Design & landscape

Collaborative design & protected landscapes

“the Countryside Agency recognises the importance of good design in achieving a better quality countryside in social, economic and environmental terms – making places attractive for people to live in, work in and visit so that communities are sustainable in the long term.” Sustainable design principles for the Landscape Access and Recreation Division of the Countryside Agency, May 2006

Protected landscapes in the UK are the site of many interests. People who wish to use land and water for its recreational use, scientific interest, economic benefits, heritage worth and not least their aesthetic value. Balancing these, often conflicting, interests makes their management a challenge.

Questions that arise include: How is it possible to reconcile protection of environmental assets with the fact that they are living cultural landscapes which face significant economic and social pressures like the decline in traditional agriculture, loss of tranquillity and changing social make up of villages and towns ? How can local economies be developed without significant impact on resources and how can visitors be encourage to use the land in a sustainable way ? In the face of these issues land managers must continue to look for new ways forward and engage communities in the process.

Strategies involving artists in this area have ranged from the staging of spectacular events that retain a sympathy with the environment to the use of art in interpreting the mythologies and stories of places. Artists have also been asked to assist in consultation with communities, finding out what their hopes and aspirations are for the future. As part of this new partnerships are being forged with organisations like the Forestry Commission, British Waterways and the National Trust that develop innovative approaches to conservation in the 21st century. A key success factor in these new relationships has been collaborative working, bringing in a wide variety of expertise from scientists, designers, educators and managers.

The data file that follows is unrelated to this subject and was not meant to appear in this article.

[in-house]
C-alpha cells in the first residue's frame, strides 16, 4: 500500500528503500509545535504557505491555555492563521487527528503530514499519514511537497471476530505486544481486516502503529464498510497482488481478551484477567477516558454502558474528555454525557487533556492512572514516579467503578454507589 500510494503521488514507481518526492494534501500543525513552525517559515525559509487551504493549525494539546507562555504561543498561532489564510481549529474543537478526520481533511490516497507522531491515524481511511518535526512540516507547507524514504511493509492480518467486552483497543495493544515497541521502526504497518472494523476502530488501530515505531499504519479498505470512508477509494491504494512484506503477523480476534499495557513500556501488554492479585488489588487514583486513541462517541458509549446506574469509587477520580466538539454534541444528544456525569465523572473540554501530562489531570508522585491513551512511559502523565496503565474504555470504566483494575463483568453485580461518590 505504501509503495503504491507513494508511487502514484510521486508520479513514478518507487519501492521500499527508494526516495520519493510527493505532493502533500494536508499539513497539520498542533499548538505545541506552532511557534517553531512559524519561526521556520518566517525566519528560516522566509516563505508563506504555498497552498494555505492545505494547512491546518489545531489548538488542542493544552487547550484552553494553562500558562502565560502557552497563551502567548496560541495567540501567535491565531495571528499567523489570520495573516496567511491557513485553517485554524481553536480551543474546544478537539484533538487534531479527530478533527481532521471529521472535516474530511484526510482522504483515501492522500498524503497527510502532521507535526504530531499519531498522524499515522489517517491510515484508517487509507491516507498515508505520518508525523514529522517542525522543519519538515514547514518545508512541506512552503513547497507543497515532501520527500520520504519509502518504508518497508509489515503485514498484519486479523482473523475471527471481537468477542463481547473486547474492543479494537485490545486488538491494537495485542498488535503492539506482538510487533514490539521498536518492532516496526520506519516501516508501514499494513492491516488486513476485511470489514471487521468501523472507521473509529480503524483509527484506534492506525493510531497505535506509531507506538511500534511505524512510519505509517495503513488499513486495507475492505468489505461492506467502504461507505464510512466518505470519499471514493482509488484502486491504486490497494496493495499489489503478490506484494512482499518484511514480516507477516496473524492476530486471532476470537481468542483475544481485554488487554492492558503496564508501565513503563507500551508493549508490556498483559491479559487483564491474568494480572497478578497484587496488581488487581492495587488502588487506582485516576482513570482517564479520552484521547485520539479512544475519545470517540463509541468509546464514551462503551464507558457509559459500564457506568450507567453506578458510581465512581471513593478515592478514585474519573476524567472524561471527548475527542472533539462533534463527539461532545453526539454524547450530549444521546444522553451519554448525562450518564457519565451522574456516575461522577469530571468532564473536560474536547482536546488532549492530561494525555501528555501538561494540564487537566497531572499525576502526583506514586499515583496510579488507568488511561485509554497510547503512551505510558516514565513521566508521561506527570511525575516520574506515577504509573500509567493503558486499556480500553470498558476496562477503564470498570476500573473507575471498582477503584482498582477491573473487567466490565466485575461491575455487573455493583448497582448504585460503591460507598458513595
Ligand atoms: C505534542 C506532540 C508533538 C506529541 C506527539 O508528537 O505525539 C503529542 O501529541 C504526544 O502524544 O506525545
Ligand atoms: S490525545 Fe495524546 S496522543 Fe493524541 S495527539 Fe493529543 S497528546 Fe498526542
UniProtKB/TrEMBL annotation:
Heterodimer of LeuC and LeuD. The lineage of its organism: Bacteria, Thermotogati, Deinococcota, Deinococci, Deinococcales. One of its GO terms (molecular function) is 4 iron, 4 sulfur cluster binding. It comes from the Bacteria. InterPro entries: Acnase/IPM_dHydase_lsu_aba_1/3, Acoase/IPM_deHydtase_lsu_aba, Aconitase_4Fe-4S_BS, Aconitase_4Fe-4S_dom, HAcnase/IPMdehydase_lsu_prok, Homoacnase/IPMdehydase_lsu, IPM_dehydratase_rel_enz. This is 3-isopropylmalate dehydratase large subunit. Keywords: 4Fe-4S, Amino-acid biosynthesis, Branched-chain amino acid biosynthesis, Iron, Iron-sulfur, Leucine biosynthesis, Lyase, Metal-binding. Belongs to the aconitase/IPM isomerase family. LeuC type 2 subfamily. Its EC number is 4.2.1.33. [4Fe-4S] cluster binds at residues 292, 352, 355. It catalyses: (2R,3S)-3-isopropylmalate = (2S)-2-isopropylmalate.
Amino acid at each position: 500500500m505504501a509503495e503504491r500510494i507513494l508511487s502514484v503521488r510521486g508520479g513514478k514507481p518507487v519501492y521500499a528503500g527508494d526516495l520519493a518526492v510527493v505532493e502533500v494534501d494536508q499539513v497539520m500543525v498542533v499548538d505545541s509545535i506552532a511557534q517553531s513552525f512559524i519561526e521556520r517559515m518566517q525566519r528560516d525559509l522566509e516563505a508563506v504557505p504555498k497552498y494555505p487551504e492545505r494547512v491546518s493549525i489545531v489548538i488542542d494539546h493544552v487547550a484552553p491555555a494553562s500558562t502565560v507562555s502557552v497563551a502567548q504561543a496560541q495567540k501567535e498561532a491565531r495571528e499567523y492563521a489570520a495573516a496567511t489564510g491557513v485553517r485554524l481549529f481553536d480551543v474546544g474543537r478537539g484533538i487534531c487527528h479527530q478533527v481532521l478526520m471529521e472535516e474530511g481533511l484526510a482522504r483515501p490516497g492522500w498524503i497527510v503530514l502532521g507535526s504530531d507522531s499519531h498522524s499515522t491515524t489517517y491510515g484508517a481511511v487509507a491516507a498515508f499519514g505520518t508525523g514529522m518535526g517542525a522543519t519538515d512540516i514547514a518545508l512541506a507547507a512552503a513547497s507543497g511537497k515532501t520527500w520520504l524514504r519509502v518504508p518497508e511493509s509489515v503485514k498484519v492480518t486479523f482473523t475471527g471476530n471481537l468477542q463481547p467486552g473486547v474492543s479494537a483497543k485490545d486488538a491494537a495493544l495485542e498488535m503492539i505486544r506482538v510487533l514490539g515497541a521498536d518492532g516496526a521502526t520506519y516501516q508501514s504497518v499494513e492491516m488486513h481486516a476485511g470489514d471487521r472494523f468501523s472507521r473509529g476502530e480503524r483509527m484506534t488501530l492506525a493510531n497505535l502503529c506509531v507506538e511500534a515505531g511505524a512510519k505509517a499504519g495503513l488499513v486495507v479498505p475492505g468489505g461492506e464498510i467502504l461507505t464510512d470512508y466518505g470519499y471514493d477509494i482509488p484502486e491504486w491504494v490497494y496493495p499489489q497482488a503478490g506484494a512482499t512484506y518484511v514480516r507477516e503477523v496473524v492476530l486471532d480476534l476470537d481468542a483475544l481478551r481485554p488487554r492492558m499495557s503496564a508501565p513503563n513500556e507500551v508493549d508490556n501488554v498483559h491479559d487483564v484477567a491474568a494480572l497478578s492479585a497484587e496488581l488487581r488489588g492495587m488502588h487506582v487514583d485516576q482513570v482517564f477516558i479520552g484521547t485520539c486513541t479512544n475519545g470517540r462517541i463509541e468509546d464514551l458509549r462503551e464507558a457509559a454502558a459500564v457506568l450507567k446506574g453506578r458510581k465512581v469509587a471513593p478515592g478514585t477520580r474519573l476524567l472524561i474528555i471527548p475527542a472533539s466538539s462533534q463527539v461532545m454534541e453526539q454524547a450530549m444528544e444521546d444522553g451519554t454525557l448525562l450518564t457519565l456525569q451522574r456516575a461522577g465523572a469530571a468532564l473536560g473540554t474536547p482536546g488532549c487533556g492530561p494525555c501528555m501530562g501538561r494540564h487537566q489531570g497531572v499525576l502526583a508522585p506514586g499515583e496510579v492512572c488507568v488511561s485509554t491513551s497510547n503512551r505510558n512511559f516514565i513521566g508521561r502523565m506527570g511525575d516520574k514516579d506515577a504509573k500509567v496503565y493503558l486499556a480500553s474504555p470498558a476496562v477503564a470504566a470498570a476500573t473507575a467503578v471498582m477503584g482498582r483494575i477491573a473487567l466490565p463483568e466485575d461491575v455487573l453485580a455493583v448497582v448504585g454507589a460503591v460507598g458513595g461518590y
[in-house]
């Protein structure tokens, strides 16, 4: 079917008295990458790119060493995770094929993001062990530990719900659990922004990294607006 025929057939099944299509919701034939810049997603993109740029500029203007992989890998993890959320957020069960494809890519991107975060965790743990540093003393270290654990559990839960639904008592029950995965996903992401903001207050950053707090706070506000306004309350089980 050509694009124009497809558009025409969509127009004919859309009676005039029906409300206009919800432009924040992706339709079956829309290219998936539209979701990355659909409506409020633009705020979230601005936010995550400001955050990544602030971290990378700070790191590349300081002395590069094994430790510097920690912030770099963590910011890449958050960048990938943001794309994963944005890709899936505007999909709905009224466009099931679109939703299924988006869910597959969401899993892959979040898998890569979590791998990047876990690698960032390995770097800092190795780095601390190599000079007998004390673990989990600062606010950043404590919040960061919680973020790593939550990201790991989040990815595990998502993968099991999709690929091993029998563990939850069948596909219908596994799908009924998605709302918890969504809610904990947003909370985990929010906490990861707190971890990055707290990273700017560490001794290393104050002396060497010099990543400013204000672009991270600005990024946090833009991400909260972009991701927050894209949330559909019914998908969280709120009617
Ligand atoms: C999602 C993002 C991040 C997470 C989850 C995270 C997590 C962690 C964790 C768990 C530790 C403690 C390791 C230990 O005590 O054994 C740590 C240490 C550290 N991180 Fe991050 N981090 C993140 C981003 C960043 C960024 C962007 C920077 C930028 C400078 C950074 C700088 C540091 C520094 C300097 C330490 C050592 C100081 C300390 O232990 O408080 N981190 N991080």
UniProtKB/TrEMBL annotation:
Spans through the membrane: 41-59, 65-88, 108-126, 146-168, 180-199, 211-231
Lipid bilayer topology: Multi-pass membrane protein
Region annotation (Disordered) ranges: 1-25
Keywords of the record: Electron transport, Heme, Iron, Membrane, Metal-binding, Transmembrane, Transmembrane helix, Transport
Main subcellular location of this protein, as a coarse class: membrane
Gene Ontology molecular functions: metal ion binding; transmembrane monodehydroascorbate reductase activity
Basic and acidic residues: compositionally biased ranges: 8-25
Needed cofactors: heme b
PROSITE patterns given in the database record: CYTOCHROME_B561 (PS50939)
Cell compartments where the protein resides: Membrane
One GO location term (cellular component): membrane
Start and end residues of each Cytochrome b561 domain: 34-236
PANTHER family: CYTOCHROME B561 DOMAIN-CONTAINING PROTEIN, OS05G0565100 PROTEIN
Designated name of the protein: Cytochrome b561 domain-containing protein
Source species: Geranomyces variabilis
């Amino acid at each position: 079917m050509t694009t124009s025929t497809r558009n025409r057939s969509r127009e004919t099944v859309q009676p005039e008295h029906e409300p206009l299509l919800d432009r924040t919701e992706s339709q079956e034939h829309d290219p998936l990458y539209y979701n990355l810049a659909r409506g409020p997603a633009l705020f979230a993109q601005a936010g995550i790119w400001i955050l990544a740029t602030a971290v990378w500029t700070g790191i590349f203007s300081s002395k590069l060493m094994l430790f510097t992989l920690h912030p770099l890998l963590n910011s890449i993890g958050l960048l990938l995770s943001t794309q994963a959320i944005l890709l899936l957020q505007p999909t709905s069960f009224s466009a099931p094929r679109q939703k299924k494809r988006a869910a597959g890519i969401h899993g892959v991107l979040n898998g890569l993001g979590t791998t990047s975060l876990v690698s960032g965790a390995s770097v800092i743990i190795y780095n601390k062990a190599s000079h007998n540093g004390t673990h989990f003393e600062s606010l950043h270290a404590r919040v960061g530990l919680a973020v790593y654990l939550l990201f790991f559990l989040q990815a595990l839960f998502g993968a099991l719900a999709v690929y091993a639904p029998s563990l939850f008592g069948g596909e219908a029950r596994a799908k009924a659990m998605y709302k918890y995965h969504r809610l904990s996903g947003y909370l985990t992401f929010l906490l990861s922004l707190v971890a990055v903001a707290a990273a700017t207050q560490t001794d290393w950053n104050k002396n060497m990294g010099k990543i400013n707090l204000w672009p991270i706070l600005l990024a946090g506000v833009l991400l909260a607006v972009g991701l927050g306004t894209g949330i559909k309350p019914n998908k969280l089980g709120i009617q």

Areas where art and design can contribute include:
•    Developing new spaces for leisure and recreation in the countryside which accommodate both people and eco-systems •    Enhancing renewable energy structures, waste management or other facilities to address visual impact, or other design concerns •    Allowing spaces for play as well as purposeful recreation for health or education •    Enhancing understanding of the importance and irreplaceable nature of our historic environment through new interpretative strategies.

Theme case studies

Rural Roads Protocol

Road for the Future


Collaborative processes in public art projects This section of public art online contains specially commissioned reports of the collaborative process written from personal experience by respected practitioners in the public art field, artists, architects, engineers and many others

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